Okay, I’m exaggerating a little, but that’s what I get for watching The Treasure of the Sierra Madre one too many times.
That said, you may find, as a proofreader seeking out work opportunities you often encounter what I call ‘the spell checker defence’:
“What do we need a proofreader for? Microsoft Word checks our spelling and grammar.”
If you’ve read The No-Nonsense Proofreading Course, you’ll know that I’m not entirely opposed to spell checkers (and if you haven’t read The No-Nonsense Proofreading Course... what’s keeping you?). Spell checkers have their place in the proofreader’s toolbox. In the hands of someone other than a proofreader, however, they’re a positive liability.
Now for a statement that might for some seem a little counterintuitive (or just plain wrong):
Spell checkers can’t detect spelling mistakes.
It’s true. They can’t.
What a supposed ‘spell checker’ actually does is highlight words that do not feature in its database. That’s a very different thing. If the word features in its database, Mr Spell Checker just nods and moves on, irrespective of whether or not it’s the right word.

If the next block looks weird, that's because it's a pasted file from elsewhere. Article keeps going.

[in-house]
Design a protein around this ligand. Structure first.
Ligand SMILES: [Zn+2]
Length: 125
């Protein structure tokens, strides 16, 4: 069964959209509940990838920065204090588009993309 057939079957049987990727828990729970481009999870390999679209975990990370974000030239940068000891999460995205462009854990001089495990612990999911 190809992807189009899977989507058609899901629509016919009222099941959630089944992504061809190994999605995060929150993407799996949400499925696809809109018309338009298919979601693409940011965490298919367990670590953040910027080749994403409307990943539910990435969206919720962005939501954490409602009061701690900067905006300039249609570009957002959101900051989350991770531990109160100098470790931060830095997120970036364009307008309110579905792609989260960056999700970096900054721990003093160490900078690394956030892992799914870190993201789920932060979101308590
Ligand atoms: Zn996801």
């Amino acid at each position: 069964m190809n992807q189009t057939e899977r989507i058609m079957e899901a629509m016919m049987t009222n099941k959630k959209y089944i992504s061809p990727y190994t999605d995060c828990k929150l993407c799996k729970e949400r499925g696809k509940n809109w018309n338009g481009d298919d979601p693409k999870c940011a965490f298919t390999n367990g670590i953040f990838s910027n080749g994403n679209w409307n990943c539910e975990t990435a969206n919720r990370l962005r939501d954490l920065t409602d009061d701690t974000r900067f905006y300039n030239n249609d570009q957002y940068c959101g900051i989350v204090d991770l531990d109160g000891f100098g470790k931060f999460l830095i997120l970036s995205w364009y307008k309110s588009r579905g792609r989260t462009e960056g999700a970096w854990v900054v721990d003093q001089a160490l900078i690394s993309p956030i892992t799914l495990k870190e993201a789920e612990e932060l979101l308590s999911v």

To illustrate just how problematic this can be, let’s take a look at some memorable opening lines.
It is a truth universally acknowledged, that a single man in possession of a good fortune, must be in want of a wipe.
Jane Austen, Pride and Prejudice
It was a pleasure to burp.
Ray Bradbury, Fahrenheit 451
The following, from the opening of Faulkner’s The Sound and the Fury, could have provided a particularly illuminating example, but in the interest of good taste, I’ll leave it to you to decide just how horribly wrong things can go if left to the devices of our mindless Mr Spell Checker.
Through the fence, between the curling flower spaces, I could see them hitting.
Not very pleasant, I know.
20 years ago, when I was copywriter and, by default, proofreader at McGee, Parsons and Associates, I was prevented from proofreading a skiwear catalogue by a client who wished to save money. He declared that he had a perfectly good grasp of the English language and could proofread it for himself. Unfortunately, he didn’t proofread it; he handed it over in its vulnerable entirety to his good friend Mr Spell Checker.
In the finished, printed and handsomely bound catalogue a reference to ‘luxurious casual wear’ appeared as ‘luxurious casual sex’.
Oops. To say the least.
After that, as you can imagine, the client in question always considered the modest outlay for the services of an effective proofreader as money very well spent.